The Psychedelic Journey of an Unexpected Spaceship

Firstly, I want to encourage you to watch the performance related with this project before diving into the details of what is actually happening behind this audio-visual experience. You will find a video below.

The Performance

The Concept

This project is the result of the task required for the Physical Computing module at MCT4000 course: “Shape an interactive system and present it as a short musical performance”. Considering this description, I though firstly in a technological solution to support such application before the actual performance.

I have experience in game development and multimedia systems by using the Unity game engine. A widely used platform for interactive systems, mainly intended for game development but not limited to it. So I proposed to implement two applications, a mobile controller for an Android device, and a PC application (in my laptop) that receives the data from that controller and generates synchronized sounds and visuals.

However, It just raised the question of what I actually would do in a short time. At that point, I started to think about the performance. My intention was to have a base percussion track and build musical layers at the top of that, manipulate some sound and effects parameters in real-time, and reflect it in an ethereal visual environment according to the music.

To some extent, I think that I managed some of my vision, but it was a quasi-improvised process, mainly regarding the visuals because the combination of graphic effects and objects results in a strange experience in the space. In fact, the central object, which is a flattened sphere, looks like a spaceship (an UFO some mates said) and I was not aware of that.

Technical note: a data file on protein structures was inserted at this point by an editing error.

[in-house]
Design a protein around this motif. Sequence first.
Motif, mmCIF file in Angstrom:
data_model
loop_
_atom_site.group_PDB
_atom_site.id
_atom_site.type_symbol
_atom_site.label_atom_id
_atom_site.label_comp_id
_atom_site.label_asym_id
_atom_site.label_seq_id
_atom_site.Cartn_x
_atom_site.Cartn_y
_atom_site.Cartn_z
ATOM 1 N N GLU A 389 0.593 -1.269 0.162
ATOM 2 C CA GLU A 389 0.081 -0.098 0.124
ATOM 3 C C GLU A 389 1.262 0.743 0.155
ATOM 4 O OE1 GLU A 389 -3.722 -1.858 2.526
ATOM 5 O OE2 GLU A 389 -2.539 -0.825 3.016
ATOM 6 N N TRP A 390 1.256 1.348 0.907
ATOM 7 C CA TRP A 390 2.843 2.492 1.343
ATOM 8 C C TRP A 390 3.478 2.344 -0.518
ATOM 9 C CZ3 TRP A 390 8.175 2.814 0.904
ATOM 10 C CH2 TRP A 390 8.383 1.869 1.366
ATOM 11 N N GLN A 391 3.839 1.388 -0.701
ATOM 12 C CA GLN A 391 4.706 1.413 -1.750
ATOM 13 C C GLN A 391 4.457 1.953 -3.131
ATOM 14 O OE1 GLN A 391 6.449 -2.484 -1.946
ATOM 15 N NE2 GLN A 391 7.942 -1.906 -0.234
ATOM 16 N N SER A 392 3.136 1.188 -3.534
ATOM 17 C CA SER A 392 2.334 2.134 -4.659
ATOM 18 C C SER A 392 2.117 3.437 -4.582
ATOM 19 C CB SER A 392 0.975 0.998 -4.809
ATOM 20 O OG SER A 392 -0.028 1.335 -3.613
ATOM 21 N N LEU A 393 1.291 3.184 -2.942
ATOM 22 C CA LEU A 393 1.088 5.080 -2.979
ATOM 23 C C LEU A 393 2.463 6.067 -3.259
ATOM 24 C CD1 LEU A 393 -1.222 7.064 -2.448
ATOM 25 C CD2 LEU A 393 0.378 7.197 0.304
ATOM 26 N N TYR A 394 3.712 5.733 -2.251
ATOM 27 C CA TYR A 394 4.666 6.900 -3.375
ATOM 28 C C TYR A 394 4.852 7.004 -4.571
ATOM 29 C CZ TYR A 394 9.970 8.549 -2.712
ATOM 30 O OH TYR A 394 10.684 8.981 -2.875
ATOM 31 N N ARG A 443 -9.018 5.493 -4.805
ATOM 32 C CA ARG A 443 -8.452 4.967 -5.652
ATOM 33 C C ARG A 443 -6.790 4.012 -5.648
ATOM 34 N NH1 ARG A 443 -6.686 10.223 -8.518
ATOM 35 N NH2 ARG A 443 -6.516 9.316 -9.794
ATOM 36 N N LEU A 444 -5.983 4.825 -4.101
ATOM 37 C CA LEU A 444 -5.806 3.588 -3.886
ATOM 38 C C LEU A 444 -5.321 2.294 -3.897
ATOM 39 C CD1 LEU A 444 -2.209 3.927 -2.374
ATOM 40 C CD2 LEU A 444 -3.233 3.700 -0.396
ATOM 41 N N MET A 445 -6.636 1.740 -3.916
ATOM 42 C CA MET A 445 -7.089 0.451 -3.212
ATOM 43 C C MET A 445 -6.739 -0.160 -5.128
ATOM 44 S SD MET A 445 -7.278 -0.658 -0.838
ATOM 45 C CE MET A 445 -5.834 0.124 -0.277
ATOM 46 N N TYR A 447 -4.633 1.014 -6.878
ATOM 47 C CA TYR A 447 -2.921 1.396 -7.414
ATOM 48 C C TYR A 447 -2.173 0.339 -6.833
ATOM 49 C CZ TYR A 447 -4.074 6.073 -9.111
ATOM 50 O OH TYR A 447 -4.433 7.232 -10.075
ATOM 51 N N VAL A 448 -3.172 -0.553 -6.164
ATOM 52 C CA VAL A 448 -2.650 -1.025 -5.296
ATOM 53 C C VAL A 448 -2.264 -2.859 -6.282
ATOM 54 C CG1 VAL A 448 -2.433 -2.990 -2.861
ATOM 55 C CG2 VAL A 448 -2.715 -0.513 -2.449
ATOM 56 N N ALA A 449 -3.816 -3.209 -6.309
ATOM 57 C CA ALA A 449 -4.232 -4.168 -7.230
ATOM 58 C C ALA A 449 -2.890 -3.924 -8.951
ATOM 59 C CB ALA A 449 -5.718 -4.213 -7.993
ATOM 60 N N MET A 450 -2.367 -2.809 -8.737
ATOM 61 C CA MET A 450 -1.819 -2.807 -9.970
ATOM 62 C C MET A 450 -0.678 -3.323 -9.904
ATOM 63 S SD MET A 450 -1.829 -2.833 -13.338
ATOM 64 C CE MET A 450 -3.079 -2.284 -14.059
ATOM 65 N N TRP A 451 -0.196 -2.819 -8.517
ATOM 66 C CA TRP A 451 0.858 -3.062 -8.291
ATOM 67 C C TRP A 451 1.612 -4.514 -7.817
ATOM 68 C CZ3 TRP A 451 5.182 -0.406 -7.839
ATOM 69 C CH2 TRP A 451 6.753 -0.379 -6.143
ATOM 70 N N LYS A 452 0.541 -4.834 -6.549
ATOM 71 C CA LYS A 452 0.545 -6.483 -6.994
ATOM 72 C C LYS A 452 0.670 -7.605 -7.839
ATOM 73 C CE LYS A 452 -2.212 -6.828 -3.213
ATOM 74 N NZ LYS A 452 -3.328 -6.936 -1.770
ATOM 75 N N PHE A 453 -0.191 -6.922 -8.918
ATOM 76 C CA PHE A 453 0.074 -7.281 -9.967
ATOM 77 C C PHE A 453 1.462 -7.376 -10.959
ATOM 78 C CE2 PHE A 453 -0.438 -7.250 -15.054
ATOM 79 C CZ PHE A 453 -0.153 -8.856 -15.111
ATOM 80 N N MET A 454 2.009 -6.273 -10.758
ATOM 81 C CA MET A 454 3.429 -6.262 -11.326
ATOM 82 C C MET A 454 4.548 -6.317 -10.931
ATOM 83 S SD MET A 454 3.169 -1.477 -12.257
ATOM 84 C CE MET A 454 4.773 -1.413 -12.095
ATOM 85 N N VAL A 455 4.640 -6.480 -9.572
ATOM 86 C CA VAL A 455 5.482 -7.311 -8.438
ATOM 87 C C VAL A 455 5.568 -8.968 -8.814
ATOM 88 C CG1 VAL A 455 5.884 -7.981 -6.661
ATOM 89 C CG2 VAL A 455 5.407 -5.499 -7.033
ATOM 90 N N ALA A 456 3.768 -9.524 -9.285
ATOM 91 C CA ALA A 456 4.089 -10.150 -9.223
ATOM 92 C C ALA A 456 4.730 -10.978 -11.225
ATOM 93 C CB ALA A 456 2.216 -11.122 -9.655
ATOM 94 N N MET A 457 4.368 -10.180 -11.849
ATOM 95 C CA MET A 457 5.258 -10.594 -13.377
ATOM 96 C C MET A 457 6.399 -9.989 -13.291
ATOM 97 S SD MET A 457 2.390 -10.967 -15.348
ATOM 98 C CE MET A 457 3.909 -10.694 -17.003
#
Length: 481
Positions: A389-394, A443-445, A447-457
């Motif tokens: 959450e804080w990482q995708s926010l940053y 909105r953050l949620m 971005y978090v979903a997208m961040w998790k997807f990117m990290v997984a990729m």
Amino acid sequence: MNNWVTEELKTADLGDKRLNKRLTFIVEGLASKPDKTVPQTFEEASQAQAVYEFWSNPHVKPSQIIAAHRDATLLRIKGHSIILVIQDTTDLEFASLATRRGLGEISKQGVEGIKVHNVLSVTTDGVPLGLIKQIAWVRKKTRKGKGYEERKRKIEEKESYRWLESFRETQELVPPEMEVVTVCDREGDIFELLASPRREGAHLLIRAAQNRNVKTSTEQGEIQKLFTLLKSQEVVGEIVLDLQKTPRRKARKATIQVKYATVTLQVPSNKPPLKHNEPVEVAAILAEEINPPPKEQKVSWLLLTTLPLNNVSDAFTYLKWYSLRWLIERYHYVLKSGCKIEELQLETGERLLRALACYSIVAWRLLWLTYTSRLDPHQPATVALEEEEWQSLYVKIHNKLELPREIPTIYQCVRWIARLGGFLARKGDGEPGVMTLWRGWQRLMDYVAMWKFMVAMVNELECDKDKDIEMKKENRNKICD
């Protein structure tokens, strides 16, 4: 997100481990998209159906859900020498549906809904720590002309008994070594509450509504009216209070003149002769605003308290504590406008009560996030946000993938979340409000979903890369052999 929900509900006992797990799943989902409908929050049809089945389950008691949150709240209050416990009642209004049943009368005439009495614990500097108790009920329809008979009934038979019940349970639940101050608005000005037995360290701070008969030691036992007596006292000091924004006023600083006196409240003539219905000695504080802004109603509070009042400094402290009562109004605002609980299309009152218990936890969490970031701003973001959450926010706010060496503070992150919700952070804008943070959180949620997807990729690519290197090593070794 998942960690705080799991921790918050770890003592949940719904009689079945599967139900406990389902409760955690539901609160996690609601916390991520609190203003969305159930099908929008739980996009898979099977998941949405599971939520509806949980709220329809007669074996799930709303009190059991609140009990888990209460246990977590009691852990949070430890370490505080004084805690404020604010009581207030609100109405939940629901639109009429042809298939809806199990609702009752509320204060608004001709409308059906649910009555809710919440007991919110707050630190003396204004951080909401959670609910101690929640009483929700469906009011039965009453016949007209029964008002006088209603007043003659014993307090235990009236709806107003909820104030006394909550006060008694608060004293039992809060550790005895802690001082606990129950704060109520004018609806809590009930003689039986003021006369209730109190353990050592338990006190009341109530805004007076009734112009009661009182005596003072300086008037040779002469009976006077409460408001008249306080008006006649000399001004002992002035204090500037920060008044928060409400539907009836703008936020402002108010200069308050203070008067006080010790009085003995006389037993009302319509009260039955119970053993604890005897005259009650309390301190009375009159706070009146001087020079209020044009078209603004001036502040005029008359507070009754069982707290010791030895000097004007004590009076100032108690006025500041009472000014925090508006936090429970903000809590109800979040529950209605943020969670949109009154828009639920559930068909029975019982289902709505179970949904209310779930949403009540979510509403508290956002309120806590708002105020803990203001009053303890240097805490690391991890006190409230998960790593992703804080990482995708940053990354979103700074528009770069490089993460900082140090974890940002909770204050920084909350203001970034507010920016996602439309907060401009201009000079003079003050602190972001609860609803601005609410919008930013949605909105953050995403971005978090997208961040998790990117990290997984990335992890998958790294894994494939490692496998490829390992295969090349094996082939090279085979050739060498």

In addition to the unexpected spaceship, some classmates highlighted the use of the blending of colors and shapes. Therefore, after a “deep introspection” I came to the conclusion that it was like a psychedelic journey of an unexpected spaceship. Maybe some of you agree.

The Implementation

As I mentioned before, this system was implemented in Unity and is composed of two applications, an Android mobile controller, and a PC software for a Windows laptop.

Both applications are communicated through OSC messages. In order to achieve this, I used a script from UnityOSC, an open source project developed by Thomas Fredericks. The mobile application sends messages and the laptop receives them.

The Mobile Application

This applications is composed of a simple UI interface and its purpose is to send sensors’ data as well as specific commands through OSC.

The sensors used are the light sensor and the attitude sensor whose support is given by the relatively new Unity Input System. The commands are managed by the user interface depicted in the image below.

Mobile Application Interface
Mobile Application Interface

This interface has the following elements:

  • A text box to provide the local IP address for the machine where the data is going to be sent.
  • The SET button that reinitializes the app with the provided IP address.
  • A Calibrate button to take base measurements for light and attitude sensors in order to normalize this data.
  • The Drums1 checkbox to activate or deactivate a drums sample.
  • The Tempo checkbox, that is actually a command to activate or deactivate the influence of the attitude sensor over the drums sample (It is called Tempo because that was the first intention, but actually it controls the cutoff frequency for a Low Pass filter in the drums track).
  • The Synth1 and Synth2 checkboxes that are grouped to activate or deactivate the influence of the virtual keyboard over one of the two tracks associated with those elements.
  • The virtual keyboard which is a set of buttons that send MIDI data (note_on and note_off) routed over Synth1 or Synth2.
  • The Record button that is used to record a segment of MIDI commands from the keyboard considering the Synth (1 or 2) that is activated in that moment. Basically it is for the interaction of a simple looper.
  • There is also a small label under the Calibrate button which represents the value of the light sensor.

All of theses interactive controls send OSC messages and none audio or graphics processes are carried out in the mobile device. You will find a picture of the Unity development environment for this solution below.